A.M. Update: Prolonged rain will bring floods

The figure included a woman and her baby killed when a tree fell on their house, while a sixth fatality occurred in SC.

"Rivers are rising to risky levels, and the relentless rains will continue through the weekend", North Carolina Gov. Roy Cooper warned on Friday.

Florence continues to bring rains and threaten lives on the east coast of the U.S. even after it was downgraded from a hurricane to a tropical storm after making landfall.

Across the Carolinas, officials are sounding the alarm: More communities will flood as rivers collect water from upstream and spill over.

Homes and roads have been utterly submerged by the barrage of rain caused by the remnants of hurricane Florence - now a tropical storm.

In neighboring SC, 155,000 customers are without power, officials said.

Cooper said others should not follow suit.

Hurricane Florence was making landfall in North Carolina early Friday pushing a life-threatening storm surge for miles inland with screaming wind that was destroying buildings in its path.

Hurricane Florence is tearing through the Carolinas with disastrous flooding and record-setting rainfall.

The storm has killed at least five people in North Carolina. The father was hospitalized with injuries.

Gusts reached over 100 miles per hour - the highest recorded in North Carolina since 1958. When they got to the home, the woman was dead.

Two people died in Lenoir County.

The Navy says the aircraft will make their way back beginning Saturday, and the ships will start to return Sunday.

Storm surges - the bulge of ocean water pushed ashore by the hurricane - were as high as 10 feet. They later clarified those deaths were not related to Florence.

Russians accused by United Kingdom 'victims of coincidence'
One of the bystanders later died from the Soviet-era nerve agent after she discovered it in a park disguised in a perfume bottle. British police say their visit to the city on Saturday, March 3, was a reconnaissance mission for the real thing on Sunday.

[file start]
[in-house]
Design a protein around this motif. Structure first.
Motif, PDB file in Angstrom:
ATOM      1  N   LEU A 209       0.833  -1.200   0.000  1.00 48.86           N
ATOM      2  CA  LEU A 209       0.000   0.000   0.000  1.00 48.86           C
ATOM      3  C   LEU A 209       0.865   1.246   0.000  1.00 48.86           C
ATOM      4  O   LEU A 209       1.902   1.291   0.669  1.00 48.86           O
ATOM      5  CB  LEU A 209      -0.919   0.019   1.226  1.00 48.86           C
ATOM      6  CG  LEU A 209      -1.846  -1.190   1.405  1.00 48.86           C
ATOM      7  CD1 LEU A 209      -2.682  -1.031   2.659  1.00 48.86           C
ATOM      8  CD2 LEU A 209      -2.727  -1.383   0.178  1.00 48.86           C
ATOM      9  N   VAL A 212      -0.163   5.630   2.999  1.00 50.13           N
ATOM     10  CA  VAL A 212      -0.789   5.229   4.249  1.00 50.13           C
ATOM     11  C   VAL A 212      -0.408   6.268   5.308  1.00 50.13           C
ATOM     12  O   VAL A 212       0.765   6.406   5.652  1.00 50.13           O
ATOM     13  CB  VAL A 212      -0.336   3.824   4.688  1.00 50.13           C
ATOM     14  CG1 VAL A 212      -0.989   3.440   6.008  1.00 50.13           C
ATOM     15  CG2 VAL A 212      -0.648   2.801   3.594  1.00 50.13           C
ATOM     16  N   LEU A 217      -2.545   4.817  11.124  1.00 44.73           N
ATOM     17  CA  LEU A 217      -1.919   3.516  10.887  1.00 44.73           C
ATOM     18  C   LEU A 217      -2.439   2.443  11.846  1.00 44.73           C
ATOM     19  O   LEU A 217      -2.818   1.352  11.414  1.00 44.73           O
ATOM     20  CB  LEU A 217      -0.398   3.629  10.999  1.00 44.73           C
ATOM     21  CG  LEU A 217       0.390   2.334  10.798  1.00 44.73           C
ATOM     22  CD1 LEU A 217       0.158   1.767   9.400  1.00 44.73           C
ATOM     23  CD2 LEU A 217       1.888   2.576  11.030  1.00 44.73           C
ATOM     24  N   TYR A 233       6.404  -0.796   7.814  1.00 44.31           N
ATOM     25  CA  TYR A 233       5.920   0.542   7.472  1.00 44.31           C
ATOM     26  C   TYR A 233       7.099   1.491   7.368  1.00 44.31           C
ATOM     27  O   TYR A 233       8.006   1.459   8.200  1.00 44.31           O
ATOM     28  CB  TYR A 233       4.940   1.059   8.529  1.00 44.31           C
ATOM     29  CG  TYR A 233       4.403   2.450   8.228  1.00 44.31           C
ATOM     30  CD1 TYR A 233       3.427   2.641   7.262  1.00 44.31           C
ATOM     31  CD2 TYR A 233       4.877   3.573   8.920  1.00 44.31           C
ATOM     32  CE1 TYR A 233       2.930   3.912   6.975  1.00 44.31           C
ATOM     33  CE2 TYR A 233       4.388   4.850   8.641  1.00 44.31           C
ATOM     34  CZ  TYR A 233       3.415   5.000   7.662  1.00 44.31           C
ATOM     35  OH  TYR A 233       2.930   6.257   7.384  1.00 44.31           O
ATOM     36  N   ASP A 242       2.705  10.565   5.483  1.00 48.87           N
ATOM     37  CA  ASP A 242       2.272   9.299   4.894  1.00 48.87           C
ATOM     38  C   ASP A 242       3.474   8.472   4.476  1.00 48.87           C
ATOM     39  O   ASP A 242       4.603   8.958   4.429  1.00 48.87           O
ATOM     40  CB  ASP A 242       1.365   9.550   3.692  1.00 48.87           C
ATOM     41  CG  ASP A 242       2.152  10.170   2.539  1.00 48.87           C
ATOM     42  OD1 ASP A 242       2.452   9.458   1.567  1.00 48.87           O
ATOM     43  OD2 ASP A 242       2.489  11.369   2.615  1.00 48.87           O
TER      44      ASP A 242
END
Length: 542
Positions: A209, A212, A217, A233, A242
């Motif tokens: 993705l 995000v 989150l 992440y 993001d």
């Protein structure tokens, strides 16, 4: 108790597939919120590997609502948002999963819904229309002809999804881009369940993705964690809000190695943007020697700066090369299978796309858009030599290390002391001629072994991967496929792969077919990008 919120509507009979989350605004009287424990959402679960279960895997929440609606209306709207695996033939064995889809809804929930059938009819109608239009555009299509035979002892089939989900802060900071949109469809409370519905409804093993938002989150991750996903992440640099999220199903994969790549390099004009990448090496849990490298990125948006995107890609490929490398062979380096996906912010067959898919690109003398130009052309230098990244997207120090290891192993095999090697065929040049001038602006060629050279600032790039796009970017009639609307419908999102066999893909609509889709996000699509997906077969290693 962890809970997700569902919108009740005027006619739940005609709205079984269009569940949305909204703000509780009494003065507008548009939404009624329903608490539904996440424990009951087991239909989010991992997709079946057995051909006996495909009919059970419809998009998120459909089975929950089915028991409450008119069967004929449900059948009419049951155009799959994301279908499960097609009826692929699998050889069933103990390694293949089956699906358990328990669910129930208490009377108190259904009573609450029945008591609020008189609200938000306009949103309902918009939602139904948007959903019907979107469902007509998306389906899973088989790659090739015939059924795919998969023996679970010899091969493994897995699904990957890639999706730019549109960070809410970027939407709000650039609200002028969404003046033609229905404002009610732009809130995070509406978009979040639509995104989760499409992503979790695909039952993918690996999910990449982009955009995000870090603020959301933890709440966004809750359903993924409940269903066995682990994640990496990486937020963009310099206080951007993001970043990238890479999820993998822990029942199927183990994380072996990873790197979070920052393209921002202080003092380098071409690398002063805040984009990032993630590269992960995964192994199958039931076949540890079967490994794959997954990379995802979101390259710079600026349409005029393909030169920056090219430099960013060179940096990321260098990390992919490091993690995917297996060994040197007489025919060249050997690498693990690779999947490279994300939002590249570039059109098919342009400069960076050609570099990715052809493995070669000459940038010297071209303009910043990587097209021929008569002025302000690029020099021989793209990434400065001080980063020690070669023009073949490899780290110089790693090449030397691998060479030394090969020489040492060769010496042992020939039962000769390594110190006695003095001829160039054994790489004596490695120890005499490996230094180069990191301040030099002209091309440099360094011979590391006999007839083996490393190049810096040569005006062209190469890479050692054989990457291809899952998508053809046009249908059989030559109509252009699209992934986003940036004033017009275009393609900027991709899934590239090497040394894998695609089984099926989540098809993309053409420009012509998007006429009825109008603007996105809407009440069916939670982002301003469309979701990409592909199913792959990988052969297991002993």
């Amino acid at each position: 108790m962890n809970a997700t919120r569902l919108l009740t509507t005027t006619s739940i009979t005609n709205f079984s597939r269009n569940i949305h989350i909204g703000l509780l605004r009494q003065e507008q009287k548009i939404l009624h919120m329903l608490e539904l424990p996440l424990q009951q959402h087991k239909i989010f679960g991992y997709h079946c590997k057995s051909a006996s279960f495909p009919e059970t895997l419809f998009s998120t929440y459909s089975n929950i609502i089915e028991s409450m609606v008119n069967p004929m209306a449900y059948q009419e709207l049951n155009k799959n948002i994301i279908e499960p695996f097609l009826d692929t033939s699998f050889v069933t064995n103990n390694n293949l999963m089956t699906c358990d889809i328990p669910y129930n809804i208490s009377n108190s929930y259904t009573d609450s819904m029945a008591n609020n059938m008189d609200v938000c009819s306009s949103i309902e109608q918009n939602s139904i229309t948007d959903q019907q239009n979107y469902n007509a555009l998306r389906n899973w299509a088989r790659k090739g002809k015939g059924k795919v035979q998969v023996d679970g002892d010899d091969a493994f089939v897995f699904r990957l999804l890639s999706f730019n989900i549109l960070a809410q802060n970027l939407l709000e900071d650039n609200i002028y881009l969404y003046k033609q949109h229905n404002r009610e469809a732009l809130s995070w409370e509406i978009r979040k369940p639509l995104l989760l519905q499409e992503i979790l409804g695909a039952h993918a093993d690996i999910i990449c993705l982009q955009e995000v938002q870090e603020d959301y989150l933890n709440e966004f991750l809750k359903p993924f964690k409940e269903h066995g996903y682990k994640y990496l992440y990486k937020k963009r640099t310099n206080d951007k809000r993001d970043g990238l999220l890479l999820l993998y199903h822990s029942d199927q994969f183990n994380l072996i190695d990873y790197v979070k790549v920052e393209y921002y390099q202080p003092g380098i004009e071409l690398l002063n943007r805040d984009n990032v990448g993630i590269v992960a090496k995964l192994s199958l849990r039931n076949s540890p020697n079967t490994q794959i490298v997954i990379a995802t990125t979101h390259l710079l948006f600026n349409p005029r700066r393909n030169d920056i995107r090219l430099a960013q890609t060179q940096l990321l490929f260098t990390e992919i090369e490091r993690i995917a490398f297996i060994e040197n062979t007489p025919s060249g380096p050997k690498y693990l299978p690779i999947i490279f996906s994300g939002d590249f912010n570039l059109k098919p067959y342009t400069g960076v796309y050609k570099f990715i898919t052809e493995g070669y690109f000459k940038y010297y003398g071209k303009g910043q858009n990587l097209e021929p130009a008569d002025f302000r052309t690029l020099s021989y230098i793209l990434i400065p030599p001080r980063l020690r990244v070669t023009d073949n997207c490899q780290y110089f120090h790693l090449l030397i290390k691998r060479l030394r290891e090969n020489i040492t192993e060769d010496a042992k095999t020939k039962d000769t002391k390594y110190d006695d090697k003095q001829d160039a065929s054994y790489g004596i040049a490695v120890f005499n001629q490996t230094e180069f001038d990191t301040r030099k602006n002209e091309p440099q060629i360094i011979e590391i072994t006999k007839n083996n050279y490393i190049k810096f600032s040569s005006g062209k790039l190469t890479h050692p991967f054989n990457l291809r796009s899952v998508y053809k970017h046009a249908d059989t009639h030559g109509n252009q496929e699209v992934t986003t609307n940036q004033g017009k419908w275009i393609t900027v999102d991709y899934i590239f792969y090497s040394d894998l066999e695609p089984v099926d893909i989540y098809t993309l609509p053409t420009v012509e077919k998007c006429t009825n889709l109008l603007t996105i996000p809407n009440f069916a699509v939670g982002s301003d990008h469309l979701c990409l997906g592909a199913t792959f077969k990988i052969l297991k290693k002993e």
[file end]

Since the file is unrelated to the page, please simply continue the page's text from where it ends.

"They definitely need to be prepared." he said. The winds howled, and the family escaped to an upper floor bedroom. Local media said she suffered a heart attack. "That's why we've been preaching to people that you have to get away from the water".

Holt, who has diabetes and clogged arteries, said she stayed for doctor's appointments that were canceled at the last minute. Eventually, a volunteer rescue team from IN arrived with a boat and rescued them.

The center of the eye of the hurricane made landfall in Wrightsville Beach, North Carolina, and was moving slowly westward just south of Wilmington.

And on Saturday evening, Duke Energy disclosed that heavy rains had caused a slope to collapse at a coal ash landfill at a closed power station outside Wilmington, North Carolina.

It's not just rain in the local area that will torment Conway, forecasters warn.

Over 100 people remain trapped in New Bern, a town on the Neuse River which has been hit hard by rain and flooding.

Volunteers and city workers filled sandbags this morning. They plugged a low point in the city's levee system. "This rainfall will continue to produce catastrophic flash flooding and prolonged significant river flooding", the advisory said.

Rainfall totals for the storm will be similar to those in hurricanes Dennis and Floyd in 1999, the National Weather Service's Chris Wamsley said.

Florence's forward movement during the day slowed to a near-standstill - sometimes it was going no faster than a human can walk - and that enabled it to pile on the rain.

Meteorologist Ryan Maue of weathermodels.com said Florence could dump a staggering 18 trillion gallons (68 trillion liters) of rain over a week on North Carolina, South Carolina, Virginia, Georgia, Tennessee, Kentucky and Maryland.

Florence is one of four named storms in the Atlantic.

The storm is expected to turn west and then north moving through the Carolinas and the Ohio Valley by Monday, the NHC said early on Saturday. Operation BBQ Relief will be serving hungry people this weekend.

Several area non-profits have teams on the East Coast to help give relief. You can help those impacted by the hurricane by donating to the American Red Cross or donating blood at the Community Blood Center of Greater Kansas City.

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